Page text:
While these materials comprise body panels for cars, heat shields for spacecraft and inserts for bullet-resistant vests, they also make splendid watercraft. The same technology that produces inflatable boats tough enough to carry Navy SEALs onto a hostile shore in the middle of the night can also provide inflatable watercraft for the prepared American.
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Sea Eagle offers a wide variety of inflatable boats at very reasonable prices. Its catalog ranges from single-operator paddleboards, fishing boats and kayaks up to large pontoon boats that will accommodate up to seven passengers or 2,000 pounds of gear. These boats deflate to store or ship easily while remaining readily deployable via mechanical or electric air pumps. As such, a Sea Eagle boat can be kept out of the way in the corner of the garage yet remain quickly deployable should the weather turn foul and the floodwaters rise.
The Sea Eagle SE8 Motormount is the perfect solution to a water emergency. The SE8 weighs 32 pounds and can carry nearly half a ton of payload safely. It collapses into a handy backpack and deploys for use in 10 minutes. The SE8 can be fitted for an outboard motor, and the base model costs less than $300.
When searching for the ultimate bug-out watercraft, it would be hard to beat an airboat. With aluminum hulls and propulsion systems more at home in airplanes than boats, these hybrid vehicles require a very shallow draft and are subsequently uniquely maneuverable in congested waterways. Airboats are also more resistant to unpredictable currents than deeper-draft vessels.
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An AirRanger airboat from American Airboat Corporation represents the state-of-the-art model. Sporting a 450-horsepower, 6-liter engine that turns a 79-inch, whisper-tip prop and offers seating for five, this 18-foot monster comes equipped with an onboard GPS navigation system. Commercial applications include sightseeing, hunting and fishing in swamps and similar difficult-to-access wet areas. In a flood scenario, a properly equipped airboat is the ultimate survival vehicle.
Improvising flotation gear is a last-ditch option. The inimitable Army Ranger Handbook will walk you through how to build a proper poncho raft, but this name is misleading. A poncho raft will float your individual equipment and keep it dry, but the operator in question will still be bobbing along beside it. In an emergency, empty water or fuel cans make fine improvised flotation devices, as do empty soda bottles that are sealed and strapped together with paracord.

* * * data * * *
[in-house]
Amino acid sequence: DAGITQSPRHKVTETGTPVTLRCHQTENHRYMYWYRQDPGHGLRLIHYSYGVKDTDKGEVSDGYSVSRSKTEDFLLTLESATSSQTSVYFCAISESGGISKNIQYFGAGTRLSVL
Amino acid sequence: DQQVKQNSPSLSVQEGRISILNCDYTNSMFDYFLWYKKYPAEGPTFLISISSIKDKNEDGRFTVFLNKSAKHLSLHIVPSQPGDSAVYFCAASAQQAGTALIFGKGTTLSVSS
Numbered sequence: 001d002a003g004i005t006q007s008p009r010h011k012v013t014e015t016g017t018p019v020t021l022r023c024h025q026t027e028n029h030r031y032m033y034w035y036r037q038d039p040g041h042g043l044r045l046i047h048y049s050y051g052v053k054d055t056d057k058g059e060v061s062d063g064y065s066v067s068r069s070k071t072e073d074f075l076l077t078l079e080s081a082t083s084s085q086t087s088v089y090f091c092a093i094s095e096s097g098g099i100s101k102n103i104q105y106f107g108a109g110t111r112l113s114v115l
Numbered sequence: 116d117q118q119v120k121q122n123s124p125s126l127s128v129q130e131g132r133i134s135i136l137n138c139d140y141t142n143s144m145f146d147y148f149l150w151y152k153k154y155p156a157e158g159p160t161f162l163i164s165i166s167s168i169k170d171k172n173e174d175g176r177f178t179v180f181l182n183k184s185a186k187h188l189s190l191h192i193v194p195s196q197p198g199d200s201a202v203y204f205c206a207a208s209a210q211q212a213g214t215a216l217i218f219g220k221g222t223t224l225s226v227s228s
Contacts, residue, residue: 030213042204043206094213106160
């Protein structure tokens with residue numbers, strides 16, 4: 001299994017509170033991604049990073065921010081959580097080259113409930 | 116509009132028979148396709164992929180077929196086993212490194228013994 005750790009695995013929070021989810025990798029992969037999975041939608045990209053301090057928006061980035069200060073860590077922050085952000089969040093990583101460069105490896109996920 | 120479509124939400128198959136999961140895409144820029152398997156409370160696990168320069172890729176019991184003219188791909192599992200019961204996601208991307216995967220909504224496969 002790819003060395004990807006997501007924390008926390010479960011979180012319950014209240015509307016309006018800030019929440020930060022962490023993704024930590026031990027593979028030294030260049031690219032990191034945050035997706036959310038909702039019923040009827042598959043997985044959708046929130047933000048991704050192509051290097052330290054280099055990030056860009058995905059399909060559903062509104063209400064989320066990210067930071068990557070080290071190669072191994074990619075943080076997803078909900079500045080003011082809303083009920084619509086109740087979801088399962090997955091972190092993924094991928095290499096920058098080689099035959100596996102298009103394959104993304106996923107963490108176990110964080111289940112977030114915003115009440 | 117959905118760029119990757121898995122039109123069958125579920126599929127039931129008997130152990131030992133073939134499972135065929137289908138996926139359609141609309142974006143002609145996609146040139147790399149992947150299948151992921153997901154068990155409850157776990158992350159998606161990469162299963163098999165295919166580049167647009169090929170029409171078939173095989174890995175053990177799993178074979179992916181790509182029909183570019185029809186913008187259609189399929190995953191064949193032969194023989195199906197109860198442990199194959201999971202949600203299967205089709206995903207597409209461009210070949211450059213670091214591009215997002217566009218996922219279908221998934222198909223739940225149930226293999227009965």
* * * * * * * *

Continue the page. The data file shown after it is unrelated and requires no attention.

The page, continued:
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If things really go sideways, remove your pants and tie knots in the legs. Close the fly and arrange the crotch portion across your chest so that the empty legs run underneath your arms. Lift the waist portion above the water to trap air in the legs as needed. So long as the cloth is kept wet, a decent pair of pants will hold enough air to suffice as improvised water wings.
There are countless stories of refugees attempting to ford flooded roads in a vehicle, only to find the water either too deep or too fast to manage. Water running over a roadway can be misleading, and it is always dangerous to attempt to cross flooded areas of road in a car or truck. Investing in a decent boat takes one more variable out of the survival equation in a crisis.
If you are like most of us and live down where the rivers occasionally slip their banks, you might want to consider a boat in your survival loadout. Under the wrong circumstances, this could be your most critical piece of survival gear.
For More Information:
American Airboat Corporation
This article was originally published in the SURVIVOR’S EDGE ™ Summer 2015 issue. Subscription is available in print and digital editions here.